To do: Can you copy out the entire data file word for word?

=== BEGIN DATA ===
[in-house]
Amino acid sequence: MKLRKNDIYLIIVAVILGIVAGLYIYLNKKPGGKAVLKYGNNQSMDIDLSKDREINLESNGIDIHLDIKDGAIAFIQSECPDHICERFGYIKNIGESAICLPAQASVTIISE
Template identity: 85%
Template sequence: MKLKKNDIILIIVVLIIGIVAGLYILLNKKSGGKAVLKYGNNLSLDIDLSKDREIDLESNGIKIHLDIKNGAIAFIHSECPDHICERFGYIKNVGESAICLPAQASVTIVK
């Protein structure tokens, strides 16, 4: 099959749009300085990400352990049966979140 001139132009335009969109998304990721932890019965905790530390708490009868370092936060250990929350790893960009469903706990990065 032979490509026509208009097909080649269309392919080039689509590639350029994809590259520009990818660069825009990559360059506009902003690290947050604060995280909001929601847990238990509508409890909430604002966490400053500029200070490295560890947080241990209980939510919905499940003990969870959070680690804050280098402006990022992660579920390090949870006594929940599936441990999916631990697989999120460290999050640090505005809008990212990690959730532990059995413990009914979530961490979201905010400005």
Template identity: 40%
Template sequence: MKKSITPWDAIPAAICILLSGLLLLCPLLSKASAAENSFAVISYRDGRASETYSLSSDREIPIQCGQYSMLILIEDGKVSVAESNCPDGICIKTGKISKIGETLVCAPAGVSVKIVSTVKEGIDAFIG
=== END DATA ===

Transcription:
[in-house]
Amino acid sequence: MKLRKNDIYLIIVAVILGIVAGLYIYLNKKPGGKAVLKYGNNQSMDIDLSKDREINLESNGIDIHLDIKDGAIAFIQSECPDHICERFGYIKNIGESAICLPAQASVTIISE
Template identity: 85%
Template sequence: MKLKKNDIILIIVVLIIGIVAGLYILLNKKSGGKAVLKYGNNLSLDIDLSKDREIDLESNGIKIHLDIKNGAIAFIHSECPDHICERFGYIKNVGESAICLPAQASVTIVK
């Protein structure tokens, strides 16, 4: 099959749009300085990400352990049966979140 001139132009335009969109998304990721932890019965905790530390708490009868370092936060250990929350790893960009469903706990990065 032979490509026509208009097909080649269309392919080039689509590639350029994809590259520009990818660069825009990559360059506009902003690290947050604060995280909001929601847990238990509508409890909430604002966490400053500029200070490295560890947080241990209980939510919905499940003990969870959070680690804050280098402006990022992660579920390090949870006594929940599936441990999916631990697989999120460290999050640090505005809008990212990690959730532990059995413990009914979530961490979201905010400005």
Template identity: 40%
Template sequence: MKKSITPWDAIPAAICILLSGLLLLCPLLSKASAAENSFAVISYRDGRASETYSLSSDREIPIQCGQYSMLILIEDGKVSVAESNCPDGICIKTGKISKIGETLVCAPAGVSVKIVSTVKEGIDAFIG